Veterinary emergency interventions: Ready to step in?

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Veterinary emergency interventions: Ready to step in?

Who knows what's ahead of you when a veterinary emergency is waiting for you? Dr. Garret Pachtinger is on call with tips to have in your back pocket and help you save the day.
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May 04, 2018

(Shutterstock.com)The scary door—the stuff of nightmares for pet owners and veterinarians alike. When an emergency arises, clients rush their pets to your veterinary clinic, passing over your threshold in the hopes that you can save their beloved pet. And veterinarians can’t be sure what exactly they’re going to face as they pass through the exam room door where a pet in the midst of a life-threatening situation waits for intervention.

At a recent Fetch dvm360 conference, VETgirl co-founder Garret Pachtinger, VMD, DACVECC, delivered critical tips on emergency care to a packed audience in what he admits is his favorite session. Here are a few highlights.

CPR

Go with “Stayin’ Alive,” not “I Will Survive.” Did the Bee Gees know their song would become the go-to reference for the right tempo at which to perform chest compressions in CPR? Gee, who knows? But if you mentally summon this ’70s classic and perform chest compressions to the beat, it’s about 100 to 120 beats/min, which is what to aim for to give patients a helping hand toward stayin' alive, stayin' alive, says Dr. Pachtinger.

Don’t lean in. Dr. Pachtinger says that for chest compressions to work, the chest must recoil after compression. “You need negative pressure to pull the blood back into the chest cavity,” he says. So don’t lean on the patient, and he says that you should compress about one-third of the chest width.

Delineate a line of succession. Dr. Pachtinger says that studies have shown that the longer you do chest compressions, the more ineffective they become. He recommends that you switch out who is doing the compressions at least every two minutes.

Watch the capnograph. A Fetch attendee asked when you know it’s OK to stop performing CPR. Dr. Pachtinger says that, ideally, you’ll have an end-tidal carbon dioxide reading. “It’s one of the first ways you’ll know they’re coming back to life,” he says.

Intraosseous catheters

You’ve got a neonate that’s hypovolemic, hypothermic and hypotensive. Think you’re going to be able to get an intravenous catheter in there? Instead, turn to an intraosseous (IO) one, says Dr. Pachtinger. Most drugs that can be given intravenously can be given intraosseously. A little uncertain with the thought of this procedure? You’re not alone. Several vets in the audience expressed discomfort. But it’s a life-saver! Here are Dr. Pachtinger’s tips:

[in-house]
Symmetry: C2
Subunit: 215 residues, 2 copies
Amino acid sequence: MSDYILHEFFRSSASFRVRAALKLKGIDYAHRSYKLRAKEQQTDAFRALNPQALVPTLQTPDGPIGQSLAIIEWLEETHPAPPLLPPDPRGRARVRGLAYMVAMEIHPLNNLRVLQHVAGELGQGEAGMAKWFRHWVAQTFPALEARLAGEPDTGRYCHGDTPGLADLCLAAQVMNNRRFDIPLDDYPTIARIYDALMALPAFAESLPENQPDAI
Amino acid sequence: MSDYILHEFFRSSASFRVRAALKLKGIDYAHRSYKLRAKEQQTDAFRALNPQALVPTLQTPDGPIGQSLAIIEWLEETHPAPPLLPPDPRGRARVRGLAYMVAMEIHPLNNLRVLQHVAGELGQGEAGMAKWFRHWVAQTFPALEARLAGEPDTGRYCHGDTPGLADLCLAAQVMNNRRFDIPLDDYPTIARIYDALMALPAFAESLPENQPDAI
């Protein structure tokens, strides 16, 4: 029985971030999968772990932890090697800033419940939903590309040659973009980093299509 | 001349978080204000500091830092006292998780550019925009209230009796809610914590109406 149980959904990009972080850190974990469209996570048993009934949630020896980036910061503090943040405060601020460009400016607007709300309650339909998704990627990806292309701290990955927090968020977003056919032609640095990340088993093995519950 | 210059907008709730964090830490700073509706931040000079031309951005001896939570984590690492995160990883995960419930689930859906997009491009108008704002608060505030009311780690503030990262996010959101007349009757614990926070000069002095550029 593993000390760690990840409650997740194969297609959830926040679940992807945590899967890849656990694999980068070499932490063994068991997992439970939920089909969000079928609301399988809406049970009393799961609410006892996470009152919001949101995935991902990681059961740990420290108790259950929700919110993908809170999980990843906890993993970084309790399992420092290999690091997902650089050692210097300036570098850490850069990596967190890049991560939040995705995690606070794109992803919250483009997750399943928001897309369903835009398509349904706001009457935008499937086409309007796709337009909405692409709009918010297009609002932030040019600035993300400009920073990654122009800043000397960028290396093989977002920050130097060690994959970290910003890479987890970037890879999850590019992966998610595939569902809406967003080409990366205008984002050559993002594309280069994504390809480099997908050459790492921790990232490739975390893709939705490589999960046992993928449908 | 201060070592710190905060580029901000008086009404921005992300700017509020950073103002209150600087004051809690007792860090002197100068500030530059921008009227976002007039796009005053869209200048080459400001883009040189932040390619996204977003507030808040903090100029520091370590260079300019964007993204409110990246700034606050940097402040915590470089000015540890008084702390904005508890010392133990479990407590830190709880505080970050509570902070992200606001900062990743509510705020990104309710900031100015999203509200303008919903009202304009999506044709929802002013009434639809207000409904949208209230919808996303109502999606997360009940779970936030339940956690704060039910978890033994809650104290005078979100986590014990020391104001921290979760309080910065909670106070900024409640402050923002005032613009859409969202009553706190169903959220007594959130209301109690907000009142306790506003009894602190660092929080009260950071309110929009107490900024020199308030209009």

• Get a 22-ga, 1-in needle and aim for the femur—“the little divot between those trochanter ridges,” he says. Use a twisting motion, and it should slip right in.

• Flush in sterile saline solution with a 1-ml syringe.

• At this point, one of three things will happen:

  1. Voilà! It’s in. Ready for dosing.

  2. As you start flushing, the leg swells. Dr. Pachtinger says the femur in neonates is cartilaginous—not fully calcified, which is why you are able to easily place the IO catheter in (as compared to an adult patient). You probably went in one cortice and out the other. Take it out and try again,” he says. “No big deal—it happens.”

  3. You try to flush but get resistance. “The core of the bone is probably sitting in your needle,” says Dr. Pachtinger. Take it out and try again.

• Dr. Pachtinger says he likes to replace the IO catheter within two hours since it’s not comfortable for the patient and by then the patient should be normothermic, normotensive and normoglycemic.

Thoracocentesis

Dr. Pachtinger gets on a soapbox for this one: “If you feel like there’s pleural space disease—whether you’re talking about something like a pneumothorax or pleural effusion—you should diagnose that with thoracocentesis, not radiographs.” And the likelihood of doing damage is very small. Hear all about it in this audio clip in which he starts with one of his favorite quotes from the book “The House of God” by Samuel Shem, MD, a novelized account of a group of medical interns:

No need for fancy tools here, says Dr. Pachtinger—just a 22-ga needle attached to a 3-ml syringe. “I will try to remove air or fluid if there, for treatment and diagnosis—maybe with sedation,” says Dr. Pachtinger. “I like butorphanol with diazepam.”

Gastric lavage

When does Dr. Pachtinger most commonly opt for this life-saving measure? Food bloat? Nope. It’s poisoning! Not in all cases, of course. He says if there is a good antidote, like vitamin K for anticoagulant rodenticide exposure, go for the antidote. But for cases in which emesis is not effective enough and life-threatening illness is right around the corner (e.g. pets that get into lots of bromethaline, cholecalciforol, lilies, baclofen) try gastric lavage.

“I do strongly recommend that if you’re going to orogastrically intubate, that the patient is intubated for two reasons,” Dr. Pachtinger says. “One is if you’ve intubated them, there’s only one other hole for the tube to go down. You can’t accidentally go down to the lungs.” The second reason—you protect the airway.

Why not gastric lavage for food bloat? You end up hydrating food sitting in the stomach, creating “big, fluffy kibble that doesn’t want to come down the tube,” says Dr. Pachtinger. “You aspirate and all the food is still left in the stomach.” Better bets for food bloat—fluids, metoclopramide, buprenorphine and regular walks, he says.

These are but a few of the pointers passed on to the Fetch audience, but we hope they make you feel a bit more equipped to face the scary door of ER care.

 


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